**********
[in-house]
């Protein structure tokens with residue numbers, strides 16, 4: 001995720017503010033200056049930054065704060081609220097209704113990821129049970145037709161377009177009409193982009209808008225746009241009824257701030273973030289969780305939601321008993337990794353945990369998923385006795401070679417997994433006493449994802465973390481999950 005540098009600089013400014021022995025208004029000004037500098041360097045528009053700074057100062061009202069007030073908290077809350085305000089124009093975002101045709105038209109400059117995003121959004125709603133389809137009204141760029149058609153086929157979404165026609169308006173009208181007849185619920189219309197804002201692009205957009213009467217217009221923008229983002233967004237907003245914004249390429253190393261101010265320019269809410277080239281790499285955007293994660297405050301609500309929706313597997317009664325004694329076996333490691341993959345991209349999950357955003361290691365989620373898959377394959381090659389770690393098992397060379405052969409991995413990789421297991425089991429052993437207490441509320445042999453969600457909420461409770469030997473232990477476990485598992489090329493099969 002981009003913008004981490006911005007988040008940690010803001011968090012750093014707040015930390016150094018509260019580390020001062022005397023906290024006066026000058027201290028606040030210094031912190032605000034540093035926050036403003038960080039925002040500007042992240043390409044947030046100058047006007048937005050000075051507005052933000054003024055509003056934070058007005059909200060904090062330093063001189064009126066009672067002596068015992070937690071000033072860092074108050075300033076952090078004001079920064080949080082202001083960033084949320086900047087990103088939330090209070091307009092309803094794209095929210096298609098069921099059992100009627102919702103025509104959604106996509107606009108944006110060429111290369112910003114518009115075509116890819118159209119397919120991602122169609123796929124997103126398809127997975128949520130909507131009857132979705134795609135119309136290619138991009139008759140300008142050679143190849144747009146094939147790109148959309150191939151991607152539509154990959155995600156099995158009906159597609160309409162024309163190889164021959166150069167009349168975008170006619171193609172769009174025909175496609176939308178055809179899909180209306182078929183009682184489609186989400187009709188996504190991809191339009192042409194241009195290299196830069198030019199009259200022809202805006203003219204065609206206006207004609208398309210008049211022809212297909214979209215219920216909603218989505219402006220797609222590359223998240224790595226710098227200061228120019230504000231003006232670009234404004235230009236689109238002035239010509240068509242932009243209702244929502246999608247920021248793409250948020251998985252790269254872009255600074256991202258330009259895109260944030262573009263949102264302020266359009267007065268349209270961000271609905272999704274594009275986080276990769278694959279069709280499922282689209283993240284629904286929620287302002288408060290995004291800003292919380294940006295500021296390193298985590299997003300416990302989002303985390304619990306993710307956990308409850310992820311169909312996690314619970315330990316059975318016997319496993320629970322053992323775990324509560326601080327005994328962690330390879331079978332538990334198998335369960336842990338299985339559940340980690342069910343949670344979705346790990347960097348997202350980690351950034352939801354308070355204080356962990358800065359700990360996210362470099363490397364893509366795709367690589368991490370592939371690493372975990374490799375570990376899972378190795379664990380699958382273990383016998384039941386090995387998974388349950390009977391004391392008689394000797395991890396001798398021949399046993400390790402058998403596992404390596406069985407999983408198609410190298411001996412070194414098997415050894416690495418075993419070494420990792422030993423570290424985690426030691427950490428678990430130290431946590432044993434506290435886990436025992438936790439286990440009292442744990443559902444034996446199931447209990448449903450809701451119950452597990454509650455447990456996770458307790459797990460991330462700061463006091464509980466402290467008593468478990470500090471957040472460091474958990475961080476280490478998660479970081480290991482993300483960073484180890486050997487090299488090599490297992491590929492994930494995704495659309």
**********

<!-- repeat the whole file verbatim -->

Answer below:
[in-house]
């Protein structure tokens with residue numbers, strides 16, 4: 001995720017503010033200056049930054065704060081609220097209704113990821129049970145037709161377009177009409193982009209808008225746009241009824257701030273973030289969780305939601321008993337990794353945990369998923385006795401070679417997994433006493449994802465973390481999950 005540098009600089013400014021022995025208004029000004037500098041360097045528009053700074057100062061009202069007030073908290077809350085305000089124009093975002101045709105038209109400059117995003121959004125709603133389809137009204141760029149058609153086929157979404165026609169308006173009208181007849185619920189219309197804002201692009205957009213009467217217009221923008229983002233967004237907003245914004249390429253190393261101010265320019269809410277080239281790499285955007293994660297405050301609500309929706313597997317009664325004694329076996333490691341993959345991209349999950357955003361290691365989620373898959377394959381090659389770690393098992397060379405052969409991995413990789421297991425089991429052993437207490441509320445042999453969600457909420461409770469030997473232990477476990485598992489090329493099969 002981009003913008004981490006911005007988040008940690010803001011968090012750093014707040015930390016150094018509260019580390020001062022005397023906290024006066026000058027201290028606040030210094031912190032605000034540093035926050036403003038960080039925002040500007042992240043390409044947030046100058047006007048937005050000075051507005052933000054003024055509003056934070058007005059909200060904090062330093063001189064009126066009672067002596068015992070937690071000033072860092074108050075300033076952090078004001079920064080949080082202001083960033084949320086900047087990103088939330090209070091307009092309803094794209095929210096298609098069921099059992100009627102919702103025509104959604106996509107606009108944006110060429111290369112910003114518009115075509116890819118159209119397919120991602122169609123796929124997103126398809127997975128949520130909507131009857132979705134795609135119309136290619138991009139008759140300008142050679143190849144747009146094939147790109148959309150191939151991607152539509154990959155995600156099995158009906159597609160309409162024309163190889164021959166150069167009349168975008170006619171193609172769009174025909175496609176939308178055809179899909180209306182078929183009682184489609186989400187009709188996504190991809191339009192042409194241009195290299196830069198030019199009259200022809202805006203003219204065609206206006207004609208398309210008049211022809212297909214979209215219920216909603218989505219402006220797609222590359223998240224790595226710098227200061228120019230504000231003006232670009234404004235230009236689109238002035239010509240068509242932009243209702244929502246999608247920021248793409250948020251998985252790269254872009255600074256991202258330009259895109260944030262573009263949102264302020266359009267007065268349209270961000271609905272999704274594009275986080276990769278694959279069709280499922282689209283993240284629904286929620287302002288408060290995004291800003292919380294940006295500021296390193298985590299997003300416990302989002303985390304619990306993710307956990308409850310992820311169909312996690314619970315330990316059975318016997319496993320629970322053992323775990324509560326601080327005994328962690330390879331079978332538990334198998335369960336842990338299985339559940340980690342069910343949670344979705346790990347960097348997202350980690351950034352939801354308070355204080356962990358800065359700990360996210362470099363490397364893509366795709367690589368991490370592939371690493372975990374490799375570990376899972378190795379664990380699958382273990383016998384039941386090995387998974388349950390009977391004391392008689394000797395991890396001798398021949399046993400390790402058998403596992404390596406069985407999983408198609410190298411001996412070194414098997415050894416690495418075993419070494420990792422030993423570290424985690426030691427950490428678990430130290431946590432044993434506290435886990436025992438936790439286990440009292442744990443559902444034996446199931447209990448449903450809701451119950452597990454509650455447990456996770458307790459797990460991330462700061463006091464509980466402290467008593468478990470500090471957040472460091474958990475961080476280490478998660479970081480290991482993300483960073484180890486050997487090299488090599490297992491590929492994930494995704495659309």